‘Play Like a Town Girl’ Hopes to Unite and Empower Female NASD Athletes

%27Play+Like+a+Town+Girl%27+is+a+new+event+and+ad+campaign+created+by+the+Hendricks+family+and+NAHS+Athletics+to+attract+more+female+athletes+to+play+Norristown+sports.+
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‘Play Like a Town Girl’ Hopes to Unite and Empower Female NASD Athletes

'Play Like a Town Girl' is a new event and ad campaign created by the Hendricks family and NAHS Athletics to attract more female athletes to play Norristown sports.

'Play Like a Town Girl' is a new event and ad campaign created by the Hendricks family and NAHS Athletics to attract more female athletes to play Norristown sports.

NAHS Athletics

'Play Like a Town Girl' is a new event and ad campaign created by the Hendricks family and NAHS Athletics to attract more female athletes to play Norristown sports.

NAHS Athletics

NAHS Athletics

'Play Like a Town Girl' is a new event and ad campaign created by the Hendricks family and NAHS Athletics to attract more female athletes to play Norristown sports.

Christina Wong, Associate Editor

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This Friday, May 31st, NAHS will host its first “Play Like a Town Girl” event. It will unite female middle school athletes with female high school athletes for a day of female empowerment.

Bailee Hendricks, junior, initially came up with the idea of “Play Like A Town Girl.” According to her mother, Erika Hendricks, “She has been advocating for female athletics since she was a freshman.” Incorporating Hendricks’ passion for female athletes, she thought of the idea where, “She wanted to invite all of the girls from 6-12th grade to take part in a day of unity among all sports.”

In October 2018, the Hendrickses founded a group called the NEST, also known as the Norristown Eagles Support Team. It was a “group that started to bring coaches, athletes, and parents together to find a way to enhance our athletics program at NAHS.” Their group decided to focus on the lack of interest in female sports. As the Hendricks found the numbers dwindle year after year, they decided to take action, and “get back on track.”

With a collaboration between Anthony Palladino, Norristown’s Athletic Director, Melisa Morgan, and the Hendricks family, who are a part of Norristown Eagles’ support team, they began planning out the event. Hendricks explained, “We are hoping to encourage all girls to take part in at least one sport during their four years of high school.”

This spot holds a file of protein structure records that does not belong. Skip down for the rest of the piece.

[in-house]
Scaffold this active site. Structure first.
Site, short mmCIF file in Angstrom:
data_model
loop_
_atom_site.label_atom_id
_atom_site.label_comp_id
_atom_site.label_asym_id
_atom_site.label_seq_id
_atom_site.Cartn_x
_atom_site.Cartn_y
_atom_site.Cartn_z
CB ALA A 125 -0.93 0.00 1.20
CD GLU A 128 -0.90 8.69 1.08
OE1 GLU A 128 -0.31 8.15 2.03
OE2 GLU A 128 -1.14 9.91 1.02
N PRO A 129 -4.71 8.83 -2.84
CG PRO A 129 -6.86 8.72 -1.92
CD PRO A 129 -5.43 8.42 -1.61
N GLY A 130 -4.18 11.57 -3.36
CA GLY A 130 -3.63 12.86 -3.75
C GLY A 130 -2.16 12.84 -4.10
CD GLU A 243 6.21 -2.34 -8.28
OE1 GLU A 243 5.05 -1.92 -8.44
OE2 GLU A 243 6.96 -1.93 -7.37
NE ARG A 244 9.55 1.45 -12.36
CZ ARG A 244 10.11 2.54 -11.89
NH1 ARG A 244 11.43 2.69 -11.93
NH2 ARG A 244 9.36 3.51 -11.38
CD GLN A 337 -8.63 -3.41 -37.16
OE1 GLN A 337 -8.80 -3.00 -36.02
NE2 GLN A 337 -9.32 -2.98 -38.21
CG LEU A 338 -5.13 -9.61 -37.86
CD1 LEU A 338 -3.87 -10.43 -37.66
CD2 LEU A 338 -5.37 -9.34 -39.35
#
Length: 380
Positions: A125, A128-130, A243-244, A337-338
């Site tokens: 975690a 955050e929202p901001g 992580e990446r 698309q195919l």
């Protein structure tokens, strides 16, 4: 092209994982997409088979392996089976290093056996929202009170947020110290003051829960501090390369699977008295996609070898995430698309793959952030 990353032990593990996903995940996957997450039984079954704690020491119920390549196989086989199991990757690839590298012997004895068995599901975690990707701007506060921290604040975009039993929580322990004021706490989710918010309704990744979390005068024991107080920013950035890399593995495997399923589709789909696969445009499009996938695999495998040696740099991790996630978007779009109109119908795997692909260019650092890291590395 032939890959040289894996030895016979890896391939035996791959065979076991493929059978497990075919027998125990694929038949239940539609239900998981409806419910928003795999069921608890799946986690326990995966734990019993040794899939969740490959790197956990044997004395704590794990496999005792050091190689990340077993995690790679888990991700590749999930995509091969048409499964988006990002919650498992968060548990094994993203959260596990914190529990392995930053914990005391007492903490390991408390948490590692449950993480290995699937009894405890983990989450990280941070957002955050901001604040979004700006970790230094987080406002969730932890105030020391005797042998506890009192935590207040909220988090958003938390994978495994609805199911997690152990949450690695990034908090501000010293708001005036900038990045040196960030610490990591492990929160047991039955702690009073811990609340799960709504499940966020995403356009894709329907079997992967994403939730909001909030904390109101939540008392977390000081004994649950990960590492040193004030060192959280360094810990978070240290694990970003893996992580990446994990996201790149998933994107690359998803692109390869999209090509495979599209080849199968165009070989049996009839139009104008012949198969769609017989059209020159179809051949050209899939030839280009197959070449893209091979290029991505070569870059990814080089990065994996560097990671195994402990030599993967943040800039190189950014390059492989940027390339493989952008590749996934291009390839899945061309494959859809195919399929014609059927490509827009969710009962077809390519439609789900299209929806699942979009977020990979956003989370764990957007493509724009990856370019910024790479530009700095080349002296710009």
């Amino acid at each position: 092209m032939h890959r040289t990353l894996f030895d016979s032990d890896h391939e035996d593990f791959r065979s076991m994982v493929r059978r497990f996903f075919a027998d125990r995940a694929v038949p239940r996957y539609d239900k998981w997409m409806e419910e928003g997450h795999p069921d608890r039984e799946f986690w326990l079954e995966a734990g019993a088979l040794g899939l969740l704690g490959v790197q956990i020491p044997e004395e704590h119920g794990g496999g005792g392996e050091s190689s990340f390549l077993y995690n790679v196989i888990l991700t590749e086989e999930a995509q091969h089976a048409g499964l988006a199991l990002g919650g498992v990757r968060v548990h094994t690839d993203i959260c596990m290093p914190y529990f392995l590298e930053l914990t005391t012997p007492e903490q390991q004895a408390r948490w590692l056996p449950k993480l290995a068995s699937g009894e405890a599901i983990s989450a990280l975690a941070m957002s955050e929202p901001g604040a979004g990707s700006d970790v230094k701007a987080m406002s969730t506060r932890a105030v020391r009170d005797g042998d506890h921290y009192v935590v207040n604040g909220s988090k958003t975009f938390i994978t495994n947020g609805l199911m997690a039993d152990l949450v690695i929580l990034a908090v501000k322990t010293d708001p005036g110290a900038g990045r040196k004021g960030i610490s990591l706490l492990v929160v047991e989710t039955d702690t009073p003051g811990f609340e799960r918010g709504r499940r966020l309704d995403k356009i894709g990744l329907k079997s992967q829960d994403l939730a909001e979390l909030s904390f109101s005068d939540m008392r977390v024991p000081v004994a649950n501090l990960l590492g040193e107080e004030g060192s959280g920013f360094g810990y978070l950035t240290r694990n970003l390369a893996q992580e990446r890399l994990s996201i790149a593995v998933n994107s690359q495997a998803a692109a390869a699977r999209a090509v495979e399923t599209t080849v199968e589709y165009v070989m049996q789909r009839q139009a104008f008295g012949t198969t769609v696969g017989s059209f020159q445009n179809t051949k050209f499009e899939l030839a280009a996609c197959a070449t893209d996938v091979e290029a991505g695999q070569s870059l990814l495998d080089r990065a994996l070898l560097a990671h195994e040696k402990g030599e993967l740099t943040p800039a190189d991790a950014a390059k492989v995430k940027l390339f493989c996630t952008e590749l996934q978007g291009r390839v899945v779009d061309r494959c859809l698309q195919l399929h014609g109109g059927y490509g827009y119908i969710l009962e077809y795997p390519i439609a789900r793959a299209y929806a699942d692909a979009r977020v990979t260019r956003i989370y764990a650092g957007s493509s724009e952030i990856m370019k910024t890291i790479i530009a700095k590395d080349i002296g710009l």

Busses will be provided for middle-schoolers, who will head to the NAHS around 9am. Keynote speakers Cherifa Howrath, a Division 1 field hockey player at Temple, and Netta Young-Johnson, a NAHS alumnus, who won the state champions in track for NAHS in the late 1970s, will stay longer for a Q&A session along with many other Lady Eagles.

The students will have breakout sessions in which the middle schoolers will be paired with high schoolers to get a chance to work with the coaches. They will be able to talk about requirements and expectations in that specific sport, nutrition, and ask any other questions they may have.

Palladino stated that the goal for this event is to “make sure female athletes feel and are supported and empowered. They should be excited to be a Lady Eagle.” Palladino is ready for the event.“Seeing is believing. It’s going to be a good day.”

Like Palladino, Hendricks’s goal is to give female athletes the support they deserve, “There has been a lack of support and funding for girls sports in our district, and we wanted to bring awareness to this issue, while encouraging all females to try out for a sport in which they have interest.”

Although one can see the term “play like a girl” as derogatory, Palladino celebrates it, viewing and using the term in a positive light. “We want to associate it with positive characteristics like strong persistence, intelligence, and resilience.” He continued, “We want to make our female members know that it’s a good thing. It’s what we want our female teams to rally around.” He believes “Play Like a Town Girl,” is the central point of experience as it’s a  positive connotation to being a town girl.”

In preparation for the all day event, numerous meetings were held with Palladino, the Hendricks, Morgan, and many other contributors to plan it all out. They decided how and with whom to pair students in particular breakout sessions and sent out permission forms to the middle schoolers. They also had to contact guest speakers and look for sponsors. The participants will receive a tee shirt and eat lunch with the current NAHS coaches and athletes to discuss their future with their athletic programs. “Play Like a Town Girl” should impact future girl athletes, as Hendricks hopes “Each girl will take home a sense of what it means to be a Lady Eagle.”

 

 

 

 

 

 

A previous edition of the story misrepresented Bailee Hendricks as a senior. The article now correctly states that she is a junior.

 

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